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A documentary investigates the threat from volatile and toxic crude oil bomb trains now rolling through neighborhoods across North America. After five fiery accidents in the first five months of 2015, one can only ask: "Whose community will explode next?"

BOOM: Crude Oil Bomb Trains Exploding in North America

A documentary investigates the threat from volatile and toxic crude oil bomb trains now rolling through neighborhoods across North America. After five fiery accidents in the first five months of 2015, one can only ask: “Whose community will explode next?”

The time for action against oil trains is now! On Saturday, July 11, SoCal 350 Climate Action and its regional partners rallied at L.A.'s Union Station and held a teach-in in front of Olvera Street, calling for an end to bringing exploding bomb trains loaded with tar sands and other volatile crude oils into our communities.

Los Angeles: Stop Oil Trains Day of Action – July 11

youtu.be/Hyq7X7VJgnc

The time for action against oil trains is now! On Saturday, July 11, SoCal 350 Climate Action and its regional partners rallied at L.A.’s Union Station and held a teach-in in front of Olvera Street, calling for an end to bringing exploding bomb trains loaded with tar sands and other volatile crude oils into our communities.

Jack Eidt of WilderUtopia spoke on the dangerous race for global control by the Chinese through mega-development projects such as the Gran Canal of Nicaragua and the Trans-Amazonian Railway, both with major human rights, ecological, and indigenous sovereignty consequences.

Jack Eidt on the Nicaraguan Canal and Trans-Amazonian Railway

Jack Eidt of WilderUtopia spoke on the dangerous race for global control by the Chinese through mega-development projects such as the Gran Canal of Nicaragua and the Trans-Amazonian Railway, both with major human rights, ecological, and indigenous sovereignty consequences.

This is the first post in a series where I present the case for Geo-Fauvism, a growing movement of wild earth inspiration in art, literature, music and design. Taking off from the early 20th Century French art "Fauvists" or "Wild Beasts," these cross-disciplinary creations respond to and react against the collapse of global environmental systems, the destruction of indigenous earth-based societies, and a narrowing of cultural opportunities in the mainstream corporatized media. Geo-Fauvists create to reconnect with the wild and heal humanity's rift with the landscape, building a new community based on integration with the ecosystem.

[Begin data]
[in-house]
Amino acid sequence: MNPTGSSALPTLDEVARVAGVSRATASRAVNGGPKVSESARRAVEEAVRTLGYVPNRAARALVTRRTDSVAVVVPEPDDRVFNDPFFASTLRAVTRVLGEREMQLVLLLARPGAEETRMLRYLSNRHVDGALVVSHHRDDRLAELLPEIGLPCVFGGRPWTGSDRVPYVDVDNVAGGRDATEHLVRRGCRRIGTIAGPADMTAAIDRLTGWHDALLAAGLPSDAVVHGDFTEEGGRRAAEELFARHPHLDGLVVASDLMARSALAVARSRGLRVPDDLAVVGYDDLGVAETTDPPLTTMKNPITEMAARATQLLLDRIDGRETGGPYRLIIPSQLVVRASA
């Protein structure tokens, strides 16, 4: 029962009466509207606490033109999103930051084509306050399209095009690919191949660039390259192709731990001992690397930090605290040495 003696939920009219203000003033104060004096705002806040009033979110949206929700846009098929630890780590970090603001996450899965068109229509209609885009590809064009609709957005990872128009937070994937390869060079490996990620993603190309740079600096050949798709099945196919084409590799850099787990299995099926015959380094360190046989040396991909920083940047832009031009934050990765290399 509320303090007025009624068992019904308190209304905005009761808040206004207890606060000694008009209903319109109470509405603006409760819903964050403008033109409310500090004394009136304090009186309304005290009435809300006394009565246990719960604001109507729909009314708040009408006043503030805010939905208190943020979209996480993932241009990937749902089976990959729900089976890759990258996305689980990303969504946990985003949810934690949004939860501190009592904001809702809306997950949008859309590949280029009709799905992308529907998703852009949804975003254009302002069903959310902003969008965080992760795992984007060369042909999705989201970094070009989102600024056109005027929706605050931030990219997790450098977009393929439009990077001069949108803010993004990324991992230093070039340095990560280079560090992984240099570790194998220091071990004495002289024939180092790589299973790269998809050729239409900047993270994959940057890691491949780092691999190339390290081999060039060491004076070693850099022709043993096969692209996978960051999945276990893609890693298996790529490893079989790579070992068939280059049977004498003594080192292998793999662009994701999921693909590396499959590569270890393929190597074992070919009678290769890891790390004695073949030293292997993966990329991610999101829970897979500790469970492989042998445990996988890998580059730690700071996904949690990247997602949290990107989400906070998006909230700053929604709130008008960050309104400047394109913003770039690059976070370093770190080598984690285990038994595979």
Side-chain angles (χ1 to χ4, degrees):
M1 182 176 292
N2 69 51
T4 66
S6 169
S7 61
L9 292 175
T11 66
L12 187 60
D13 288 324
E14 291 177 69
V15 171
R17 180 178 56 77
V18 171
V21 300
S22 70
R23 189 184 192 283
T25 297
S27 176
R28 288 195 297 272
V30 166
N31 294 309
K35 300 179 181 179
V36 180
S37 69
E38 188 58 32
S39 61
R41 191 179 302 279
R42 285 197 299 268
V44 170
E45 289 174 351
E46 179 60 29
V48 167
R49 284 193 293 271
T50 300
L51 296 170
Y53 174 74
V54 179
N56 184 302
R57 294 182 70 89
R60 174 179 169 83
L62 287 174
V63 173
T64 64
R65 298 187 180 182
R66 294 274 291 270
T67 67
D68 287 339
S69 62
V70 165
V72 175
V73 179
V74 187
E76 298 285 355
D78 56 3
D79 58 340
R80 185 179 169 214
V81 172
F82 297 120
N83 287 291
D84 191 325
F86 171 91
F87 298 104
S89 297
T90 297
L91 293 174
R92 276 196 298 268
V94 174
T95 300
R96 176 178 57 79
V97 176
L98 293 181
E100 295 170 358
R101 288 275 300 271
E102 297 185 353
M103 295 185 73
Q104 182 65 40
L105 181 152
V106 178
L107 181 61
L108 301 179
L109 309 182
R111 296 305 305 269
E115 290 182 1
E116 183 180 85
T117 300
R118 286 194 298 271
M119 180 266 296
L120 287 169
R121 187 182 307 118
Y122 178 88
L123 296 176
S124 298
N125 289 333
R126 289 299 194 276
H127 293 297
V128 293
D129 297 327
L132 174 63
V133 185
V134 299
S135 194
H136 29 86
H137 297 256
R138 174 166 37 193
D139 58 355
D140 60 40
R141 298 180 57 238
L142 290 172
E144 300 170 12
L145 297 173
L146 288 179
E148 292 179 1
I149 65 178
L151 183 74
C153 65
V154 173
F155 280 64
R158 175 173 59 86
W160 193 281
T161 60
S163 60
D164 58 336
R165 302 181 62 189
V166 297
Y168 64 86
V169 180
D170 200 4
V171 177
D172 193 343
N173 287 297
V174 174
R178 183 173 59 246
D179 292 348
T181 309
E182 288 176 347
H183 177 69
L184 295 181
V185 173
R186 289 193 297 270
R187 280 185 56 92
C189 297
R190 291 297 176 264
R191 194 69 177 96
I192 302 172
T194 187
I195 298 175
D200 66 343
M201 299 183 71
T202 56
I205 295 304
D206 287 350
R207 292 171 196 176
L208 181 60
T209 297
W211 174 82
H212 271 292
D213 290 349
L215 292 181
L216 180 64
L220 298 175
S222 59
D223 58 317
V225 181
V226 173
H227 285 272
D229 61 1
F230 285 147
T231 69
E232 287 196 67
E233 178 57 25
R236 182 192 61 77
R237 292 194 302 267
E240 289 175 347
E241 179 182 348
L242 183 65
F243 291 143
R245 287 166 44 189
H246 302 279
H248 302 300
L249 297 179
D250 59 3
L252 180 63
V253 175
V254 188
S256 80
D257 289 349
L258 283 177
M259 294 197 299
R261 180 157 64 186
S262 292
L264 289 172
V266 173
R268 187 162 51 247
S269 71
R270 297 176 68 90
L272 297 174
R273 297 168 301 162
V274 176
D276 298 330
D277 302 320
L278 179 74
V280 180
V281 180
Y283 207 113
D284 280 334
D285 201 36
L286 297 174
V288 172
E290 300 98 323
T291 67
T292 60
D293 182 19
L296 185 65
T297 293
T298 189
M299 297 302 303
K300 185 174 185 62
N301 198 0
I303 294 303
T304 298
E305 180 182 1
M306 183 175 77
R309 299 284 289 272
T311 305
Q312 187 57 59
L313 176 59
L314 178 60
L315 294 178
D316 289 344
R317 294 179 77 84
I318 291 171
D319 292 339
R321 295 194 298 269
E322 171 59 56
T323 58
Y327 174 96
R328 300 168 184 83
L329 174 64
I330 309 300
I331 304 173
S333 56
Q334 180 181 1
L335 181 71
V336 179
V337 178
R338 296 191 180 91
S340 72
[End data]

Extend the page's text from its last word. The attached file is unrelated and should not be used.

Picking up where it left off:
Geo-Fauvism: Waking to the Wild Earth Through Visual Art

This is the first post in a series where I present the case for Geo-Fauvism, a growing movement of wild earth inspiration in art, literature, music and design. Taking off from the early 20th Century French art “Fauvists” or “Wild Beasts,” these cross-disciplinary creations respond to and react against the collapse of global environmental systems, the destruction of indigenous earth-based societies, and a narrowing of cultural opportunities in the mainstream corporatized media. Geo-Fauvists create to reconnect with the wild and heal humanity’s rift with the landscape, building a new community based on integration with the ecosystem.

The most recent oil spill on the Santa Barbara coast that has decimated wildlife and soiled California beaches with tar over a 350-mile area has been an unmitigated disaster. It illustrates weaknesses in basic safety measures for pipelines and crude by rail, as well as risks associated with industry plans to expand tar sands  and other extreme drilling infrastructure on the West Coast.

Santa Barbara Oil Spill Spreading: Big Oil Plans for More Tar Sands

youtu.be/1CrdycXh-G0

The most recent oil spill on the Santa Barbara coast that has decimated wildlife and soiled California beaches with tar over a 350-mile area has been an unmitigated disaster. It illustrates weaknesses in basic safety measures for pipelines and crude by rail, as well as risks associated with industry plans to expand tar sands and other extreme drilling infrastructure on the West Coast.

Environmentalists push back against more Chinese-financed plans to construct 5,300km (3,300-mile) route between the Atlantic and Pacific oceans to cut transport costs

China’s Latest Earth Assault: Trans-Amazonian Railway

Environmentalists push back against more Chinese-financed plans to construct 5,300km (3,300-mile) route between the Atlantic and Pacific oceans to cut transport costs

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